Boeing's 2005 Success May Hurt In Subsidies Battle
Throwing Jet-A on the contentious, long-smoldering battle over
trade subsidies, an Airbus exec stated last week the 1,002 orders
Boeing booked in 2005 show the American manufacturer has no trouble
competing in the marketplace with its European rival, government
subsidies or no.
"Part of the Boeing case is to show damages from unfair
competition in the marketplace," said Allan McArtor, chairman of
Airbus North America Holdings. "It would appear that it will be
difficult for Boeing to show damages in the marketplace."
McArtor's comments, while undeniably self-serving, may gain
foothold within the World Trade Organization, where the two
aerospace manufacturers are duking it out over the billions of
dollars Airbus receives in subsidies from its partner governments
-- which give the European consortium an unfair advantage,
according to Boeing.
Some experts say Boeing can't have it both ways, however.
"You can't have record sales and say these subsidies are
damaging us," said David Pritchard, an expert on aviation trade, to
the Chicago Tribune.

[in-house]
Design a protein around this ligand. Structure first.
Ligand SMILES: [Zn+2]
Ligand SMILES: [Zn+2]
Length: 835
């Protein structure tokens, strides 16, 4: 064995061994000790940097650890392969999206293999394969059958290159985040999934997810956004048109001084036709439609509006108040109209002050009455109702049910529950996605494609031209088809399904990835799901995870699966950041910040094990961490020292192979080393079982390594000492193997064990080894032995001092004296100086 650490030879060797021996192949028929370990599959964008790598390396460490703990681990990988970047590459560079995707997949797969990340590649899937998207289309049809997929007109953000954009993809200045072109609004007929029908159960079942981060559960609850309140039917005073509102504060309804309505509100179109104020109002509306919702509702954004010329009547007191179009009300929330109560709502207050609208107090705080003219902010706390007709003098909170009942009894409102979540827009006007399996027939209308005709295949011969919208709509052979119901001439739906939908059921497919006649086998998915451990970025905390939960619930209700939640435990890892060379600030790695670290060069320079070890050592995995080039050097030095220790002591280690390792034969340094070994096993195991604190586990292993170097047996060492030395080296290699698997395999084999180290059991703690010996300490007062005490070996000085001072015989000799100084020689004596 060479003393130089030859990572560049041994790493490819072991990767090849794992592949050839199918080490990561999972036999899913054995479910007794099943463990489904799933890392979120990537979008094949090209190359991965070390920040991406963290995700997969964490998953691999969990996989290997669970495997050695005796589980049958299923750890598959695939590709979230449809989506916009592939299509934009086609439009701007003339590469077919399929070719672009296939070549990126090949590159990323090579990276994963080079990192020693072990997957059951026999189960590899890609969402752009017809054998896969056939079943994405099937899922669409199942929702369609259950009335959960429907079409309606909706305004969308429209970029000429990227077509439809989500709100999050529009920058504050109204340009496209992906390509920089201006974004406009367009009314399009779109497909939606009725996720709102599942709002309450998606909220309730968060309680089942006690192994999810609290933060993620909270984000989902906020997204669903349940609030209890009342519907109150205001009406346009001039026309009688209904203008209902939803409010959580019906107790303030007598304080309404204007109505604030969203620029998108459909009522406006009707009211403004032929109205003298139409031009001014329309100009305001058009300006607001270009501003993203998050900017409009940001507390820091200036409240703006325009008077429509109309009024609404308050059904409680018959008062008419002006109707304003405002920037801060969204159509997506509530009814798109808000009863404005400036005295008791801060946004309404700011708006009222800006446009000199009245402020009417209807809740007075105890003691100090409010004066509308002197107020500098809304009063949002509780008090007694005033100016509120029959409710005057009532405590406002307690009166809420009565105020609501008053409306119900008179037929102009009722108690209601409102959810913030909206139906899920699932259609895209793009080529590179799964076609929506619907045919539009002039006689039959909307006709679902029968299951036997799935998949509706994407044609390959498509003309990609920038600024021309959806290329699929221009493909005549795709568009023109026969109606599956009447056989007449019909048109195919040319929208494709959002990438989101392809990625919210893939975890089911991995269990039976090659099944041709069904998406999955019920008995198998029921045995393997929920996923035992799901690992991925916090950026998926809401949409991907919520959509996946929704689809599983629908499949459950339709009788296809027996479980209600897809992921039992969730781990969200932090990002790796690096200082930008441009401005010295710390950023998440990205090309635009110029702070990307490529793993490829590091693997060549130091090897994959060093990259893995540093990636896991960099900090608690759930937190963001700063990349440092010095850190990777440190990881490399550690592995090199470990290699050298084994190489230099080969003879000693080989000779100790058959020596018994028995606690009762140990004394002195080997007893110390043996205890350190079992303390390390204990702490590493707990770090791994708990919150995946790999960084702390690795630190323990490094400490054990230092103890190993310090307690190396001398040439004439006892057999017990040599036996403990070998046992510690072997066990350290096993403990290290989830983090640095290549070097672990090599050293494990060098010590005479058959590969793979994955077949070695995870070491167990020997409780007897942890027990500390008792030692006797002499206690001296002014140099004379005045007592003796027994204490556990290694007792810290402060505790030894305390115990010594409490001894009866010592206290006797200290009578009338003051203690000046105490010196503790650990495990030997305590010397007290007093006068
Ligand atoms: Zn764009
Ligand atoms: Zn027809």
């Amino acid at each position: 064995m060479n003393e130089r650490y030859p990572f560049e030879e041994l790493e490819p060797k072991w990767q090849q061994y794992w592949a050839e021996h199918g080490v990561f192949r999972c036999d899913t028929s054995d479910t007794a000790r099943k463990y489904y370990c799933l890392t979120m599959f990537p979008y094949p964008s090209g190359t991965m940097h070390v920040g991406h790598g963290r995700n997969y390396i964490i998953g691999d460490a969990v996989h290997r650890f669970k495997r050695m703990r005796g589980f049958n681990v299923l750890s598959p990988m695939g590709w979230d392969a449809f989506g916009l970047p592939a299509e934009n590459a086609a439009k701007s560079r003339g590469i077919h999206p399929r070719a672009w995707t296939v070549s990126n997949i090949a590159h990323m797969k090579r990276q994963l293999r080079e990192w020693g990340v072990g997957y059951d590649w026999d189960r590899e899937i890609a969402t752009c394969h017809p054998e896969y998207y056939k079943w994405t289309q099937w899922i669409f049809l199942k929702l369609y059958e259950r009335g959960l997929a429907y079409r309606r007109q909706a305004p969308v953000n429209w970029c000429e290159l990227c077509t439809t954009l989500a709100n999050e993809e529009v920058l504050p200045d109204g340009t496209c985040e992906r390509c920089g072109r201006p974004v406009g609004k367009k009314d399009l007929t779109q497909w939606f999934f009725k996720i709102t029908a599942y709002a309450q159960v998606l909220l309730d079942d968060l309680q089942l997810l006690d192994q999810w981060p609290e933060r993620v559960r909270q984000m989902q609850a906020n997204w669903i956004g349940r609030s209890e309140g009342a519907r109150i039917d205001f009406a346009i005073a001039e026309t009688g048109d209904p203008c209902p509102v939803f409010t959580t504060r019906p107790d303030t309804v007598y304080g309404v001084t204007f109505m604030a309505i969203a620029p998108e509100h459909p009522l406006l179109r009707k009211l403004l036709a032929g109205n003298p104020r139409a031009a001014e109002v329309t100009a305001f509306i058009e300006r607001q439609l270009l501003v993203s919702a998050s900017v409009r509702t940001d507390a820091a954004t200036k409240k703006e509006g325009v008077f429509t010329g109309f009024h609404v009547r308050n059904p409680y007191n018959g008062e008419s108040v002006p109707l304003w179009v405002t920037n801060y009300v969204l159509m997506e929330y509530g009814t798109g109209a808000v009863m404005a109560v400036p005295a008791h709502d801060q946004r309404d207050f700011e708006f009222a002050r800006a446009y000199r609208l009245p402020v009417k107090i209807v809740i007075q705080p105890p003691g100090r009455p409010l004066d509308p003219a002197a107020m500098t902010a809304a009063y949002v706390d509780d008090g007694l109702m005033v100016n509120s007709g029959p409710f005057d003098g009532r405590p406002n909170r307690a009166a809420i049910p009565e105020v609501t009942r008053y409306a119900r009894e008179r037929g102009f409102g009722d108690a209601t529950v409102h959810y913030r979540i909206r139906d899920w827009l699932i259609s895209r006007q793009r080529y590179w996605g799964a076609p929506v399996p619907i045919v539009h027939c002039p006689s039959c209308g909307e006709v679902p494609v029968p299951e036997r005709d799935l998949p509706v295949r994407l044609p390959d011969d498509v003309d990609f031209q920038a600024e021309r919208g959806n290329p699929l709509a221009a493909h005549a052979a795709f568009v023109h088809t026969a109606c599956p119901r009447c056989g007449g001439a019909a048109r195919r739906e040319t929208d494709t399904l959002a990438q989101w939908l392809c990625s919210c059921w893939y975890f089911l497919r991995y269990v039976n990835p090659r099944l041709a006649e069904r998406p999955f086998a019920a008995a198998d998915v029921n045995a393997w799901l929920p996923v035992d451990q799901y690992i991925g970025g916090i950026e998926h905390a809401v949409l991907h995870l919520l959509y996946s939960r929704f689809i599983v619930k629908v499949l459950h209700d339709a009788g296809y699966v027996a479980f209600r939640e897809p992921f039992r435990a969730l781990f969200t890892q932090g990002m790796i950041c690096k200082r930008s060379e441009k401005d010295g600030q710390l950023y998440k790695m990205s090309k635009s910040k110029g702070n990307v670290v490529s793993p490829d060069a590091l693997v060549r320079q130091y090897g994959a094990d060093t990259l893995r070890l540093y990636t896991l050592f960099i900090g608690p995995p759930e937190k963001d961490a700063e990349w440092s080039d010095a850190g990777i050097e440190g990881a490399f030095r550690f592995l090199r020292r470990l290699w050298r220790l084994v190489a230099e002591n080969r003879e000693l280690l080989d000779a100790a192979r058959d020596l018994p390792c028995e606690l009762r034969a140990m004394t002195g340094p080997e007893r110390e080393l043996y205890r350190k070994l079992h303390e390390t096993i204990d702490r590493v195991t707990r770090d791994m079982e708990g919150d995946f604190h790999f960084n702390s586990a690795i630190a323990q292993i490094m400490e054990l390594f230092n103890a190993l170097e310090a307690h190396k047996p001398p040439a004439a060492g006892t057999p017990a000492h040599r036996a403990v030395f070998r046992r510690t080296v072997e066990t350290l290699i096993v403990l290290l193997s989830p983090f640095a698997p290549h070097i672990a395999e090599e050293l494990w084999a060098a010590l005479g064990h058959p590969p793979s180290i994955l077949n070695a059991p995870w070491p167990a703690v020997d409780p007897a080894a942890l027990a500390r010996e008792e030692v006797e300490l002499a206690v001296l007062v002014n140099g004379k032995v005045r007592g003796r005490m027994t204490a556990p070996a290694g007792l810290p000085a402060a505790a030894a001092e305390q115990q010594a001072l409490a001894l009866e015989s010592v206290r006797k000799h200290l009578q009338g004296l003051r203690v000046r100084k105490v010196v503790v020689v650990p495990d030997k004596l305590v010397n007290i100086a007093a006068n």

Boeing maintains subsidies are a long-standing issue, and its
recent success does not diminish their negative impact on the
American manufacturer. Boeing cites its reduced market share in the
last five years -- from 67 percent, to just around 50 percent --
and its need to lay off as many as 400,000 employees in an effort
to match costs with Airbus.
"We remain as committed as before to ending the Airbus
subsidies," said Christin Baker, spokeswoman for the US trade
representative's office. "The facts remain the same. One year
doesn't change the fact that there has been substantial
Airbus has yet to report its 2005 numbers, but it is unlikely to
match Boeing's record year -- and while the European consortium
still built more aircraft last year than its American counterpart,
that lead may dwindle as well over the next several years.
Should that happen, Boeing may well win the battle... but lose
the war, a victim of its own success -- and any number of other
obvious cliches. Stay tuned, this could get interesting...